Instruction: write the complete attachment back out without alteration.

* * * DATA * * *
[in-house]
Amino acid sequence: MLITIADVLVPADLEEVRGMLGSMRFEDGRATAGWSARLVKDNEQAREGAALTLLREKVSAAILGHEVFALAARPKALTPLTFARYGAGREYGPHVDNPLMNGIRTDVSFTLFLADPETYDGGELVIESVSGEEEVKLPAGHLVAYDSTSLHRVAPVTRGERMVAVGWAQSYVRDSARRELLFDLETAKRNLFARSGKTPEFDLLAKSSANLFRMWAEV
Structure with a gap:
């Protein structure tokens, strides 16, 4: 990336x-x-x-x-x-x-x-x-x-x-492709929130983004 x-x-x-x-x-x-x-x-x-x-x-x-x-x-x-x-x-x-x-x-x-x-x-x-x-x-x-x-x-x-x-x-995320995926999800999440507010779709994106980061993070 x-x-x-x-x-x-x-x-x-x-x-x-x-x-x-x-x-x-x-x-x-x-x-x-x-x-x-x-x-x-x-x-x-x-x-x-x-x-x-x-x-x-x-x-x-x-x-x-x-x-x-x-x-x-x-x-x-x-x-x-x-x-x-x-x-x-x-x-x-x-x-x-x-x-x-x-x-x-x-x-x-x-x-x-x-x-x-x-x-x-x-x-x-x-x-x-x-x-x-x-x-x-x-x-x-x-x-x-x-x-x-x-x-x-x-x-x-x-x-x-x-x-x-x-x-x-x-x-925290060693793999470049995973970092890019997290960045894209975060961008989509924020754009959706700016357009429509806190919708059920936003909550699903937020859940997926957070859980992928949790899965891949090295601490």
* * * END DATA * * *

[in-house]
Amino acid sequence: MLITIADVLVPADLEEVRGMLGSMRFEDGRATAGWSARLVKDNEQAREGAALTLLREKVSAAILGHEVFALAARPKALTPLTFARYGAGREYGPHVDNPLMNGIRTDVSFTLFLADPETYDGGELVIESVSGEEEVKLPAGHLVAYDSTSLHRVAPVTRGERMVAVGWAQSYVRDSARRELLFDLETAKRNLFARSGKTPEFDLLAKSSANLFRMWAEV
Structure with a gap:
């Protein structure tokens, strides 16, 4: 990336x-x-x-x-x-x-x-x-x-x-492709929130983004 x-x-x-x-x-x-x-x-x-x-x-x-x-x-x-x-x-x-x-x-x-x-x-x-x-x-x-x-x-x-x-x-995320995926999800999440507010779709994106980061993070 x-x-x-x-x-x-x-x-x-x-x-x-x-x-x-x-x-x-x-x-x-x-x-x-x-x-x-x-x-x-x-x-x-x-x-x-x-x-x-x-x-x-x-x-x-x-x-x-x-x-x-x-x-x-x-x-x-x-x-x-x-x-x-x-x-x-x-x-x-x-x-x-x-x-x-x-x-x-x-x-x-x-x-x-x-x-x-x-x-x-x-x-x-x-x-x-x-x-x-x-x-x-x-x-x-x-x-x-x-x-x-x-x-x-x-x-x-x-x-x-x-x-x-x-x-x-x-x-925290060693793999470049995973970092890019997290960045894209975060961008989509924020754009959706700016357009429509806190919708059920936003909550699903937020859940997926957070859980992928949790899965891949090295601490």